The BERNINA 880 requires a slight adjustment to the bobbin tension using the multi-function tool. Loosen the bobbin tension 2-4 clicks to the left.
Which Presser Foot?
The presser foot that I like best for doing bobbinwork with the feed dog engaged is Open Embroidery Foot #20/20C/20D. It has a wide indentation on the sole that easily rides over the heavy threads. Plus, you can see the entire stitching area because of the open space between the two toes of the foot.
Some stitches work better than others, so you will need to test several to see what you like. Open stitches work better than compact, satin stitches. The ones shown below are good choices but feel free to try any of them, remembering to increase the stitch length and adjust the bobbin tension as needed.
The fabric needs to be firm and stable in order to support the heavy thread. Stiff, sturdy fabrics such as denim or canvas may not need any extra stabilization. Use interfacing, stabilizers, and/or batting on most fabric and place it on the wrong side of the fabric. Always test the stitch stitches before sewing on your project. If you are following a pattern or design, draw it on the stabilizer. Remember to mirror image the design so it will be the correct orientation when the fabric is turned over to the right side.
Wind the bobbin with the desired decorative thread and insert it into the bobbin case (7 Series) or directly into the machine (880).
Attach Open Embroidery Foot #20/20C/20D to the machine.
Go into the Setup Menu and turn off the Securing Functions feature.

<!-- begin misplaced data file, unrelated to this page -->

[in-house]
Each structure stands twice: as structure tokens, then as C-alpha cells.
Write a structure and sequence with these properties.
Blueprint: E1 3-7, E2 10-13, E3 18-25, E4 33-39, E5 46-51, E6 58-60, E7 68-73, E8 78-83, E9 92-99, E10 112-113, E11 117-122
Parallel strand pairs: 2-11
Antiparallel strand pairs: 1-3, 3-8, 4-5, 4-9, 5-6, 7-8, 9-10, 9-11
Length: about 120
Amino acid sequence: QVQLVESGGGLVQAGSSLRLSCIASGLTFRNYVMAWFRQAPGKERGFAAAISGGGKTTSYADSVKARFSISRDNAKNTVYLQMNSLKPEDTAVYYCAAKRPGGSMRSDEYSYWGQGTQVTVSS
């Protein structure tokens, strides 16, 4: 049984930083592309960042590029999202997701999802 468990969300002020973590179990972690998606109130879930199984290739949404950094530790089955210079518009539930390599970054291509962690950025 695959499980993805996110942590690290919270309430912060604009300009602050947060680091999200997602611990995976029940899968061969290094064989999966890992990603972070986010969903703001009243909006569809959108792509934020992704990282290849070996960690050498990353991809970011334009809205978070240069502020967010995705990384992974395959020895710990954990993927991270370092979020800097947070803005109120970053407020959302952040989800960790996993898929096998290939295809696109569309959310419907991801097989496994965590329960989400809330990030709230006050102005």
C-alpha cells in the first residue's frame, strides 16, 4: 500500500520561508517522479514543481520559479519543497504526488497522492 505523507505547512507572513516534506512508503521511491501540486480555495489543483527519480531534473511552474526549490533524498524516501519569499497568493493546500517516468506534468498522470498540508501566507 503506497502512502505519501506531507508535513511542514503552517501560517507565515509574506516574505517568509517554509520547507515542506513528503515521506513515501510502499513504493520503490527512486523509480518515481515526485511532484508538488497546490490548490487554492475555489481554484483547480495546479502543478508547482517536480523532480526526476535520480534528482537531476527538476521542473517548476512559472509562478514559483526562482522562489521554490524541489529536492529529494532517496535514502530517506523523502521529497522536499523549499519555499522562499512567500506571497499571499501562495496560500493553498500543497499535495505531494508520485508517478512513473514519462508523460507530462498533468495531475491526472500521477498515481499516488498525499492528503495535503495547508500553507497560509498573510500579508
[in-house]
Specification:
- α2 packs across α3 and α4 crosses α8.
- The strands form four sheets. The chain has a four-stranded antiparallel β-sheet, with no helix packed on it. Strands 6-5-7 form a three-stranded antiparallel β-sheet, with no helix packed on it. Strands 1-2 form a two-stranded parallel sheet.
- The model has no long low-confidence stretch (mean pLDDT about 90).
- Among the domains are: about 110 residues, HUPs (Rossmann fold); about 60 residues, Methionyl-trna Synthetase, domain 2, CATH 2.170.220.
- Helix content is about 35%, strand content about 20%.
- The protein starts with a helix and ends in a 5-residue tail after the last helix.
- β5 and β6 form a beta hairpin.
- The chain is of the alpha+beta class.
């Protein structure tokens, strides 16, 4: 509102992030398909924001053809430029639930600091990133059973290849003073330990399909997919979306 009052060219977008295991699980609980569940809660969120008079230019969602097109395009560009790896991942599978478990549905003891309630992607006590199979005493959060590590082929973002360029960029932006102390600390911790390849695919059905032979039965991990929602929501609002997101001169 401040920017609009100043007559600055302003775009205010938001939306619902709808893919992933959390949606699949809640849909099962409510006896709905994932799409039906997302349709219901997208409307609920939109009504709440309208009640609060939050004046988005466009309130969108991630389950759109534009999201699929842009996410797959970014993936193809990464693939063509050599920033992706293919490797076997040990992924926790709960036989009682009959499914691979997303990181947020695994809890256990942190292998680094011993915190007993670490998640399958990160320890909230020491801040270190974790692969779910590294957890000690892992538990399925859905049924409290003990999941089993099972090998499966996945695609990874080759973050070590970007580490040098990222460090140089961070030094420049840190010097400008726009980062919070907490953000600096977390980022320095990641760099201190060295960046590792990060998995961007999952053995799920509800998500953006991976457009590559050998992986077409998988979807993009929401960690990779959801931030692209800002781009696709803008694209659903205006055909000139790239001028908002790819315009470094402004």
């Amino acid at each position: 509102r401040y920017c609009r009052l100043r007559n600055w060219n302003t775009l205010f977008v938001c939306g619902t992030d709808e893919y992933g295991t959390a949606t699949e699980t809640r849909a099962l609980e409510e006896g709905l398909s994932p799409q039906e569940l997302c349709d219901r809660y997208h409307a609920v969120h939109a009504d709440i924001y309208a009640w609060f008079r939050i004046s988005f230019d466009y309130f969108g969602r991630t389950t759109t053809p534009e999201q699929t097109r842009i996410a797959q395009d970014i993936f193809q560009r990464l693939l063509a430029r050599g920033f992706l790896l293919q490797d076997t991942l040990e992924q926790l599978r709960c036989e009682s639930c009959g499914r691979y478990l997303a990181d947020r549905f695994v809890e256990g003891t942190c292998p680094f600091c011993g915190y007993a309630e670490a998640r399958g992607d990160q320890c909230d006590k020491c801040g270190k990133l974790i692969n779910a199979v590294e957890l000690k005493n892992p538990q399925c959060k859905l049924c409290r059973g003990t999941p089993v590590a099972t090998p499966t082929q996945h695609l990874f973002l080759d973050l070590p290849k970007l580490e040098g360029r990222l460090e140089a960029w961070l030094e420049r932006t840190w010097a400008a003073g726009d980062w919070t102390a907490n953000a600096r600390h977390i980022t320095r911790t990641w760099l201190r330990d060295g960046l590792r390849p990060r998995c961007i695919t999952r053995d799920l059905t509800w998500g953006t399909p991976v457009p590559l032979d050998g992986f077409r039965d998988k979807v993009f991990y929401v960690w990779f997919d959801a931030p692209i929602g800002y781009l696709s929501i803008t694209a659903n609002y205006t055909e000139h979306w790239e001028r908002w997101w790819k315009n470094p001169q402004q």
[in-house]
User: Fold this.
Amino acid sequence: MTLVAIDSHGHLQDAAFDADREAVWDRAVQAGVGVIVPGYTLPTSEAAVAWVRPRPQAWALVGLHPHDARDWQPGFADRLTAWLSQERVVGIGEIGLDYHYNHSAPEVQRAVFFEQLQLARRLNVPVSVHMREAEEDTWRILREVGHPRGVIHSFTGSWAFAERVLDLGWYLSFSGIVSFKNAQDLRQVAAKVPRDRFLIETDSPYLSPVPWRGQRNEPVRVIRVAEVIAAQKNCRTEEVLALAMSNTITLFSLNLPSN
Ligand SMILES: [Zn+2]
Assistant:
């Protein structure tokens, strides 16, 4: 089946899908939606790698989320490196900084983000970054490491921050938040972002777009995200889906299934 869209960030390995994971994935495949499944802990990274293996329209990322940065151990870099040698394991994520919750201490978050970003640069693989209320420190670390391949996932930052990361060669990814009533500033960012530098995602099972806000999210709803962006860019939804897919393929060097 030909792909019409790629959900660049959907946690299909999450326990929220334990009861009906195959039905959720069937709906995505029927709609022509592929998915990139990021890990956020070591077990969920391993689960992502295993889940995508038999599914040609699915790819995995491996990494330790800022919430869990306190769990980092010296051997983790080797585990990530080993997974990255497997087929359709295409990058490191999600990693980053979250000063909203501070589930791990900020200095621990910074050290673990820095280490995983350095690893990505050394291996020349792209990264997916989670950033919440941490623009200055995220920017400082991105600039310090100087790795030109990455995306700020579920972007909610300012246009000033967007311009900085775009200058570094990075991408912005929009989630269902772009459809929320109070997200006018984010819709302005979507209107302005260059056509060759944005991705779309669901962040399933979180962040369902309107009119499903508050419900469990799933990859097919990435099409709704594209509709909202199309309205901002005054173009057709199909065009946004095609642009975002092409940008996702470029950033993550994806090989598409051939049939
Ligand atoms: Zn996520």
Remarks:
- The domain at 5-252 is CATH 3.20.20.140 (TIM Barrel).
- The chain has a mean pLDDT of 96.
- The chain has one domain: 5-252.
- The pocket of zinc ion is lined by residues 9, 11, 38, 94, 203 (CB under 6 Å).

Set the motor at ½ to ¼ speed.
Select the desired stitch, increase the stitch width, length, and needle tension as needed.
Go into the Settings Menu and turn off the Securing Functions feature.
Using the handwheel, pull the bobbin thread up to the bed of the machine. You may need to tug on the thread a bit because it has to pull the heavy bobbin thread to the top. Pull about 5”-6” out the back of the presser foot. Tip: Instead of using the handwheel, press the Needle Up/Down button once to go down into the machine and a second time to come back up. This completes one stitch and will bring the bobbin thread up to the surface.
Place the fabric wrong side up so you will be stitching on the stabilizer. Holding on to the thread tails, sew a line of stitches. Turn the fabric over the right and inspect your stitches.
You decide how you want the stitch to look. If the needle thread shows on the right side of the fabric, tighten the needle tension until it is inconspicuous. If the stitches are stacked on top of each other, adjust to a longer stitch length.
Continue adjusting and testing stitches as desired. When finished with a line of stitches, do not use the automatic cutter to trim the threads as they may be too heavy to trim easily. Trim with scissors, leaving a 5”-6” tail behind the foot. Use a hand tapestry needle to pull the thread tails to the wrong side of the work if needed.
See more We All Sew posts on bobbinwork:
For more information about BERNINA presser feet and accessories, see The Big Book of Feet at your local BERNINA store.